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How You Hold Your Phone Reveals Whether You're Left- or Right-Brained

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In 1861, Pierre Paul Broca, a French surgeon, had a patient he referred to as “Tan.” After an accident, the patient had become aphasiac, meaning he could not speak. The only word he could utter was "tan" (think Hodor in Game of Thrones). Broca hypothesized that an area on the left side of the brain controlled speech, and when it sustained damage, people couldn’t speak (now called the Broca’s area).

This early discovery led to the theory that different hemispheres of the brain, left and right, controlled various functions, such as speech or logic. And this evolved into the idea that the dominant side of the brain affected personality characteristics—left-brain people are thought to be more analytic, objective, and logical, while right-brain people are believed to be more creative and insightful. Now, researchers have discovered that they can determine whether someone is a left- or right-brain person by looking at how they use their cell phones. 

Researchers at the Henry Ford Medical Center at Detroit wondered why people held their cell phones on one particular ear, and suspected that being left- or right-brained influenced it—between 70 and 95 percent of the population is right-handed and, of these people, 96 percent are left-hemisphere dominant.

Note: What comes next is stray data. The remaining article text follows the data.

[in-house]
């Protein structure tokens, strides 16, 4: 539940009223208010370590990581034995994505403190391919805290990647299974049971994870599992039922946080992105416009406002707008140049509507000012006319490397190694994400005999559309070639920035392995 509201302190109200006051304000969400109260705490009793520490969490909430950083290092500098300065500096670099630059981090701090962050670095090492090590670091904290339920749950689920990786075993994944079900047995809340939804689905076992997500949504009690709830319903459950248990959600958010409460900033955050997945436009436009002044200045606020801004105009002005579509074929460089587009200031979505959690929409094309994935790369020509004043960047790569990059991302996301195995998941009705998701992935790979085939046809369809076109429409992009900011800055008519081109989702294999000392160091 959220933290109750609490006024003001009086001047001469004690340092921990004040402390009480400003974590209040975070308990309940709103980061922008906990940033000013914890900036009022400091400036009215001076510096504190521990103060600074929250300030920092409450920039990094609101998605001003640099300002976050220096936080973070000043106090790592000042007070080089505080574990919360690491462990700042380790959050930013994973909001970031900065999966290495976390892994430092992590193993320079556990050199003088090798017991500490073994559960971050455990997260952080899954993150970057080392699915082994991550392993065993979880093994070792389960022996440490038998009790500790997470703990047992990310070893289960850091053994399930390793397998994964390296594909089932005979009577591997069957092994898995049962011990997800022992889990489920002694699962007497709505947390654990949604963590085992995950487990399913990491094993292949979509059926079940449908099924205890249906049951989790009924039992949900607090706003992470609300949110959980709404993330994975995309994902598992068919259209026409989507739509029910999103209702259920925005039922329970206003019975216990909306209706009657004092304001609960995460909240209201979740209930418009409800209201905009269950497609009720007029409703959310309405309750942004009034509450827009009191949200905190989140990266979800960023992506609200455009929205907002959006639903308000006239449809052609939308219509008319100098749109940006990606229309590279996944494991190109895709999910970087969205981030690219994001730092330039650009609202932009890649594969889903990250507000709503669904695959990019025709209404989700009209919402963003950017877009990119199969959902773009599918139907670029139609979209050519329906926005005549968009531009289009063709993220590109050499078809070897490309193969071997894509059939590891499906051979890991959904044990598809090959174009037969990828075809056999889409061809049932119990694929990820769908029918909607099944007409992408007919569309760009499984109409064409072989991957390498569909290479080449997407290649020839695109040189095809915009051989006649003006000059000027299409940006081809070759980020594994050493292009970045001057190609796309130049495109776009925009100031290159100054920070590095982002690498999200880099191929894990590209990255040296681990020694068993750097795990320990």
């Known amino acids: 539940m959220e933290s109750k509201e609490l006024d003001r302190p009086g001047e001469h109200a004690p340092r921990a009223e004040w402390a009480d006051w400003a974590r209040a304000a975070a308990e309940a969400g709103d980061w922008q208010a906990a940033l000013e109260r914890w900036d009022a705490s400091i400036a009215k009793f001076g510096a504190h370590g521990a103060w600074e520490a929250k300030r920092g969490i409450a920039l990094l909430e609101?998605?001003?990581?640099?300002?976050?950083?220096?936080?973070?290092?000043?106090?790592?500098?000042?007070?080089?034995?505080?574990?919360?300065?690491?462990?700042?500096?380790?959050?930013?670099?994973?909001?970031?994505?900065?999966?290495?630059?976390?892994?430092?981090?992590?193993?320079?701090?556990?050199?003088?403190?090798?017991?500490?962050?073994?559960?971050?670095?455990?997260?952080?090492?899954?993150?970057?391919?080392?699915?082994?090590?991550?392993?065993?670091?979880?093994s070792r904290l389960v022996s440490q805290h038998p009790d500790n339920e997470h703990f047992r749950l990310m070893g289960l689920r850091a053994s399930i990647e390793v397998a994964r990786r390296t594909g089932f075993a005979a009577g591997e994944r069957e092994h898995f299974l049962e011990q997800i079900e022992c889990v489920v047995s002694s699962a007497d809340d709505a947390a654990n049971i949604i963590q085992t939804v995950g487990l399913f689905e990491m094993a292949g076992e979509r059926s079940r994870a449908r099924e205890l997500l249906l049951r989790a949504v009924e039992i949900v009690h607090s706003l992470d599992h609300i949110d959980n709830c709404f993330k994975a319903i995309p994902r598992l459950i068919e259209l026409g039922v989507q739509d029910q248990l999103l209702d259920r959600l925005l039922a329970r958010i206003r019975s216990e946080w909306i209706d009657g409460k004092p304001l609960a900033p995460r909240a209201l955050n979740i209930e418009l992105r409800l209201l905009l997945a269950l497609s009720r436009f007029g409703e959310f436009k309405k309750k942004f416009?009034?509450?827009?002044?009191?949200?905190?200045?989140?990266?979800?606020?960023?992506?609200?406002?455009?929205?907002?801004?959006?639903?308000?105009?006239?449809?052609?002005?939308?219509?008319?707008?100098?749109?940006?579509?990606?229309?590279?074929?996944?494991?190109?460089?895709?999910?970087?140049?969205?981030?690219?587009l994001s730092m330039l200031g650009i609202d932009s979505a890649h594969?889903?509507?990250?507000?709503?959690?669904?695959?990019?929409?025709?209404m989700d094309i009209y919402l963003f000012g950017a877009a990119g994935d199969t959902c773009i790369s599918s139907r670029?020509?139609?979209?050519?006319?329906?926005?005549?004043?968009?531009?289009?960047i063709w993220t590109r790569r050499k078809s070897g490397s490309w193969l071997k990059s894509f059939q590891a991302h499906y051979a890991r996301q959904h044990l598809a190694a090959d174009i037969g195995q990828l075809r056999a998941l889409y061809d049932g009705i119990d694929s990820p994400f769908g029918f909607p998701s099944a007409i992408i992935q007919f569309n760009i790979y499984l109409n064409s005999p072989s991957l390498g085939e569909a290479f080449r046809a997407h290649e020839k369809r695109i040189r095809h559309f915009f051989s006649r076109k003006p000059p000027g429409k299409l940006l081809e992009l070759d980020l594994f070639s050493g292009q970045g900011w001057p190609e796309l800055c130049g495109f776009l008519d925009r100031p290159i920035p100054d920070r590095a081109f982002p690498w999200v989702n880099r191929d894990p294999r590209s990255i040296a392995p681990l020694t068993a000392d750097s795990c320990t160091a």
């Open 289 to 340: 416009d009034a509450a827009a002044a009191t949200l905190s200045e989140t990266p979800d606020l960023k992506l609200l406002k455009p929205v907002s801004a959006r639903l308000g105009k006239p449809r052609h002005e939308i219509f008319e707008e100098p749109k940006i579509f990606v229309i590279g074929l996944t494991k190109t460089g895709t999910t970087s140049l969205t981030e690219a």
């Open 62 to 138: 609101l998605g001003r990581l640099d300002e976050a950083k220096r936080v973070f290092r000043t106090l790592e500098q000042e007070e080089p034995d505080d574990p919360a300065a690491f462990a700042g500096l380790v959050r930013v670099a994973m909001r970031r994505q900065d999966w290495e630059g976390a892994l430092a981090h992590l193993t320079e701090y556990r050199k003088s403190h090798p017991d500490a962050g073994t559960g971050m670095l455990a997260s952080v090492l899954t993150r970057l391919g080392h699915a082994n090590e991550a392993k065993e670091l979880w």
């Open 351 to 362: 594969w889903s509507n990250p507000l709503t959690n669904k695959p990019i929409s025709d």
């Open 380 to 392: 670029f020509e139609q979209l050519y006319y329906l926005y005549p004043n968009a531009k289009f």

The researchers asked 717 subjects to fill out an online survey, which determined their hemispheric dominance (left or right) and how they used their cell phone. Of the subjects, 90 percent were right handed and 9 percent were left handed. The researchers found that 68 percent of the righties held their phones to their right ear and 25 percent to the left, while 7 percent couldn’t commit to a side. Seventy-two percent of southpaws held their phones to the left side, 23 to the right side, and 5 percent had no preference. The average cell phone usage amounted to about 540 minutes per month over the past nine years.

The researchers note that there is a 73 percent association between hand dominance and the side people hold their cell phones—so how we use our cell phones allows people to predict whether someone is right- or left-brain dominant. While understanding this connection could lead to better cell phone design, the researchers believe it will help them better understand the relationship between mobile phones and brain tumors and help them improve brain imaging techniques.

"Our findings have several implications, especially for mapping the language center of the brain," says Michael Seidman, director of the division of otologic and neurotologic surgery at Henry Ford and one of the authors of the paper.

"By establishing a correlation between cerebral dominance and sidedness of cell phone use, it may be possible to develop a less-invasive, lower-cost option to establish the side of the brain where speech and language occurs.”      

The paper appears in JAMA Otolaryngology—Head & Neck Surgery.

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Animals
How a Pregnant Rhino Named Victoria Could Save an Entire Subspecies
Sudan, the last male member of the northern white rhino subspecies, while being shipped to Kenya in 2009
Sudan, the last male member of the northern white rhino subspecies, while being shipped to Kenya in 2009
Tony Karumba, AFP/Getty Images

The last male northern white rhino died at a conservancy in Kenya earlier this year, prompting fears that the subspecies was finally done for after decades of heavy poaching. Scientists say there's still hope, though, and they're banking on a pregnant rhino named Victoria at the San Diego Zoo, according to the Associated Press.